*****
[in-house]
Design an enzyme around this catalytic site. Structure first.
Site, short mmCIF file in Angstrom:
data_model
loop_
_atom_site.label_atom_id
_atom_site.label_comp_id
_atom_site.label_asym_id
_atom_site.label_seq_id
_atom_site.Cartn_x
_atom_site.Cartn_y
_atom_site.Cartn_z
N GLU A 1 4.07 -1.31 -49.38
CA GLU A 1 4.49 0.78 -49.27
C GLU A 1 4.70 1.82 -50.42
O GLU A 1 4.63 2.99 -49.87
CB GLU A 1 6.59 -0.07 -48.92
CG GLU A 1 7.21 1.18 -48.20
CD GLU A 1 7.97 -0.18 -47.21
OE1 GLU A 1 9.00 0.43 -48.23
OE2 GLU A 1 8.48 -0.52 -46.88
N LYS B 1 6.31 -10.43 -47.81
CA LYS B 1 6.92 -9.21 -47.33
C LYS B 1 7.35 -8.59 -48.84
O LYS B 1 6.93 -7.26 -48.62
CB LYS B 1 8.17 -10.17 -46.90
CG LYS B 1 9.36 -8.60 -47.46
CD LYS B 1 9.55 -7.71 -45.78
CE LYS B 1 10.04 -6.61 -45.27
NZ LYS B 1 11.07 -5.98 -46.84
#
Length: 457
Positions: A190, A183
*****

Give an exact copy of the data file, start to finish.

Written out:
[in-house]
Design an enzyme around this catalytic site. Structure first.
Site, short mmCIF file in Angstrom:
data_model
loop_
_atom_site.label_atom_id
_atom_site.label_comp_id
_atom_site.label_asym_id
_atom_site.label_seq_id
_atom_site.Cartn_x
_atom_site.Cartn_y
_atom_site.Cartn_z
N GLU A 1 4.07 -1.31 -49.38
CA GLU A 1 4.49 0.78 -49.27
C GLU A 1 4.70 1.82 -50.42
O GLU A 1 4.63 2.99 -49.87
CB GLU A 1 6.59 -0.07 -48.92
CG GLU A 1 7.21 1.18 -48.20
CD GLU A 1 7.97 -0.18 -47.21
OE1 GLU A 1 9.00 0.43 -48.23
OE2 GLU A 1 8.48 -0.52 -46.88
N LYS B 1 6.31 -10.43 -47.81
CA LYS B 1 6.92 -9.21 -47.33
C LYS B 1 7.35 -8.59 -48.84
O LYS B 1 6.93 -7.26 -48.62
CB LYS B 1 8.17 -10.17 -46.90
CG LYS B 1 9.36 -8.60 -47.46
CD LYS B 1 9.55 -7.71 -45.78
CE LYS B 1 10.04 -6.61 -45.27
NZ LYS B 1 11.07 -5.98 -46.84
#
Length: 457
Positions: A190, A183